Id. at *50.
Another obvious lesson here, if you find out some of your employees or witnesses have done bad, come clean about it. Do not make matters worse by trying a cover-up. The next thing you know, you’ll be the one asked to fall on the sword.
What About the Attorneys?
If you are like me and are interested in legal ethics and the kinds of things lawyers will sometimes do, you must be wondering about the defense attorneys in this case. You know, the one’s the defendant later threw under the bus after the Magistrate ruled. See if you can figure out what the judges think. I’m not sure I can, at least not exactly. Look at the attorneys listed on the opinion. Some are from Salt Lake City, but others on each side are from far out-of-town. (The case was transferred to Salt Lake City by BCT over the plaintiff’s objection. Ironic, eh?) Here is what Judge Alba had to say about defense counsel.
In his opening statement at the Hearing, counsel for BCT stated that the “question is whether evidence is fully and currently lost.” Tr. at 13-14. BCT’s counsel went on to represent to the court that: (1) BCT has “reconstructed all information” which Philips’ expert said was deleted from Gasparovich’s computer; (2) BCT has furnished all deleted information from Carter’s computer; and (3) all but a few of the files which Williams deleted have now been reconstructed and sent to Philips. Tr. at 14. To the contrary, the evidence at the Hearing established that each of these representations was false. Even Hooper, BCT’s forensic computer expert, testified to the contrary of these representations.
Id. at *41.
BCT is represented by sophisticated counsel. Case law – even that which the court relies on in this Report and Recommendation – provides that default judgment is a possible sanction; therefore, BCT’s counsel should have been and likely was aware that default judgment may result from destruction of evidence.
Id. at *53. Yet, remember District Court Judge Waddoups’ footnote seven where he will not judge the actions of defense counsel, beyond to say that “BCT’s allegation of malpractice is not before the court.” Philips Electronics N.A. Corp. v. BC Technical, 2011 WL 677462 at *2.
I don’t particularly like lawyer jokes. Perhaps I’ve heard one too many told by non-lawyers with a smug countenance and empty smile. Anyway, here’s a joke I’m sure you’ve heard before. Question: How do you know when a lawyer is not lying? Answer: His lips have stopped moving.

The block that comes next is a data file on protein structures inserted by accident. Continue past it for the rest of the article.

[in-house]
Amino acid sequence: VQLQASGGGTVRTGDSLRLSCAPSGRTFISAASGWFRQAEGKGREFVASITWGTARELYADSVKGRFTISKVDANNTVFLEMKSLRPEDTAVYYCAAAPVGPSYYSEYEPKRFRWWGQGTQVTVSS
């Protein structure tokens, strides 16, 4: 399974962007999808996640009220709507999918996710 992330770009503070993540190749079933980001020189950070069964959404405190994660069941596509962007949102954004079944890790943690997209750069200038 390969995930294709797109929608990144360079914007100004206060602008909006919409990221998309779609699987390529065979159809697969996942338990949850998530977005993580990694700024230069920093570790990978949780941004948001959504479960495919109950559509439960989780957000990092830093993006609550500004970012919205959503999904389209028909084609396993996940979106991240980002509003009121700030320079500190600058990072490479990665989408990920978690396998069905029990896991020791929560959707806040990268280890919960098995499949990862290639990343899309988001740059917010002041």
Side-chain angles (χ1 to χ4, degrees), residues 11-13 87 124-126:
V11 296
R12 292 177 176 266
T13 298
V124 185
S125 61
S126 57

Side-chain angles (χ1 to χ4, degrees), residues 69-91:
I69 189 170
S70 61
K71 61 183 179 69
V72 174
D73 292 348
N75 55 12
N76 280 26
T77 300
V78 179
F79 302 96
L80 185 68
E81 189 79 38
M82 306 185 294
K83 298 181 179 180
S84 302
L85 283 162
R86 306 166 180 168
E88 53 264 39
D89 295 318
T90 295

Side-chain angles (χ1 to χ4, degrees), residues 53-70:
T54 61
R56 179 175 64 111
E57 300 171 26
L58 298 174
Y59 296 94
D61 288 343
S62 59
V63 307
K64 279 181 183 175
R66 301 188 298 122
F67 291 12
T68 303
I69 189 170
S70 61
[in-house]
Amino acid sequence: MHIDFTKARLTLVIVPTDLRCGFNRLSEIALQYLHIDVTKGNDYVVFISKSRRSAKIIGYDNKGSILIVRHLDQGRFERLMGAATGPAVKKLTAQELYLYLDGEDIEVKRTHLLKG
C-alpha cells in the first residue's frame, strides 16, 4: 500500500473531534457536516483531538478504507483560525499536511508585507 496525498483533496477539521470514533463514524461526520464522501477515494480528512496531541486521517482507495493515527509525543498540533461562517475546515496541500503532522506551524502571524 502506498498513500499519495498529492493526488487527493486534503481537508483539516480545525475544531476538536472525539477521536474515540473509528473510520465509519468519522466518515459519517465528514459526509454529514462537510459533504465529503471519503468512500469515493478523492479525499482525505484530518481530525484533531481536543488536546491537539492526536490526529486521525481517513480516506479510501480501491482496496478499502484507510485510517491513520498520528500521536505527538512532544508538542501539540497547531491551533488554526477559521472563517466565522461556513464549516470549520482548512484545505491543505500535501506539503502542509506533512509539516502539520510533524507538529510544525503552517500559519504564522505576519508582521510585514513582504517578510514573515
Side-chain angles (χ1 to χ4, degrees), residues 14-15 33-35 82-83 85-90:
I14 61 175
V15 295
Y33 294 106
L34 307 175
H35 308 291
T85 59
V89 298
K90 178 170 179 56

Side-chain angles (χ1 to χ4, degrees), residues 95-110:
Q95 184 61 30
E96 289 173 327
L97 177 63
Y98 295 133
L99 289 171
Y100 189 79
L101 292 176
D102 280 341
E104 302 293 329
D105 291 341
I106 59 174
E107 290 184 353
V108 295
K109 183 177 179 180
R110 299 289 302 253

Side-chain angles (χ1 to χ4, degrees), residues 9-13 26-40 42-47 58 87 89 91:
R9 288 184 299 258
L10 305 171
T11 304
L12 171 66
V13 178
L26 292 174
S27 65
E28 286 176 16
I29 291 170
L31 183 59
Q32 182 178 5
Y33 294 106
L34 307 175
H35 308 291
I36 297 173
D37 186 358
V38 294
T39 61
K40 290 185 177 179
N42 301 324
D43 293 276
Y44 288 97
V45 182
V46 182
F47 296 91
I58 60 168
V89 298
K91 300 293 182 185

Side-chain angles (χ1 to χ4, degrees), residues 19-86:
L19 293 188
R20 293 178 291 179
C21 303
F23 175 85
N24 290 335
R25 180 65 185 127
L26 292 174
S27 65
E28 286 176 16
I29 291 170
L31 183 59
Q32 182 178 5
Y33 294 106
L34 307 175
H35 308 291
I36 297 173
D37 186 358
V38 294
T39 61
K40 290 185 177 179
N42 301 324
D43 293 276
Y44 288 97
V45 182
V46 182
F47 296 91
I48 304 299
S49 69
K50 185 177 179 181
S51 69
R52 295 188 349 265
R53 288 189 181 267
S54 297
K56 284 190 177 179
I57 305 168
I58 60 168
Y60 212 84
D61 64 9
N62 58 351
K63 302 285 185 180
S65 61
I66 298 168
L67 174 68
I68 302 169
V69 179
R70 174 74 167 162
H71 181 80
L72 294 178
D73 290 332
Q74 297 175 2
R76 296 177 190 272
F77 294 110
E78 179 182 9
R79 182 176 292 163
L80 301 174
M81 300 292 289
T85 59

But lying in court is no laughing matter. Neither is trying to mislead a judge or jury. As the founder of Mormonism, Joseph Smith, Jr., said: “No one can ever enter the celestial kingdom unless he is strictly honest.” Lawyers in the United States take sacred oaths to uphold the Constitution and the justice system that it underlies. We take that very seriously. So do our judges. You may have good cause to suspect the veracity of a lawyer’s statement of their client’s bottom line in a negotiation. But not when a lawyer speaks to the judge, not in court. That is our kind of celestial kingdom. Although I am not a Mormon, I am inclined to agree again with the sentiment of their second prophet, Brigham Young, who said: “Honest hearts produce honest actions.”
The legal process is sacred to those who devote their lives to the law. We do not countenance fraud on the court, nor shy away from its punishment. We applaud when strong judges do their job and uphold the integrity of the legal system. We give thanks to Judges like Waddoups and Alba who send a strong message to all who would undermine our system of justice. I conclude with the words of Judge Alba.
Further, spoliation sanctions serve a dual function. Not only are they meant to penalize litigants, but they also serve to deter those who might be tempted to cause the spoliation of evidence. Lesser sanctions would not establish deterrence some litigants need regarding this behavior, especially as it relates to ESI. “One who anticipates that compliance with discovery rules, and the resulting production of damning evidence, will produce an adverse judgment will not likely be deterred from destroying that decisive evidence by any sanction less than the adverse judgment he … is tempted to thus evade.” Computer Assocs. Int’l Inc., 122 F.R.D. at 170. In other words, courts have recognized that if parties are willing to take the risk and balance destroying evidence against turning over the proverbial smoking gun, knowing that the destruction will not result in the ultimate judgment, destruction of important evidence will occur. The court must not inherently reward the misbehavior of companies and individuals who want to destroy incriminating evidence rather than produce it and have a judgment entered against them; litigants must be strongly discouraged, rather than encouraged in any way, to become more and more clever about how to delete and hide the destruction of electronic documents.
*54 In addition, the court must maintain order and punish those who violate its direct orders. If parties could “ ‘ignore court orders … without suffering the consequences, then the district court cannot administer orderly justice, and the result would be chaos.’ “ Ehrenhaous, 965 F.2d at 921 (citation omitted). It is extremely important that courts maintain faith in the integrity of the judicial system. Further, courts must be able to rely on litigants and their counsel to follow court orders.
Philips Electronics N.A. Corp. v. BC Technical, 2010 WL 5838993 at *53-*54.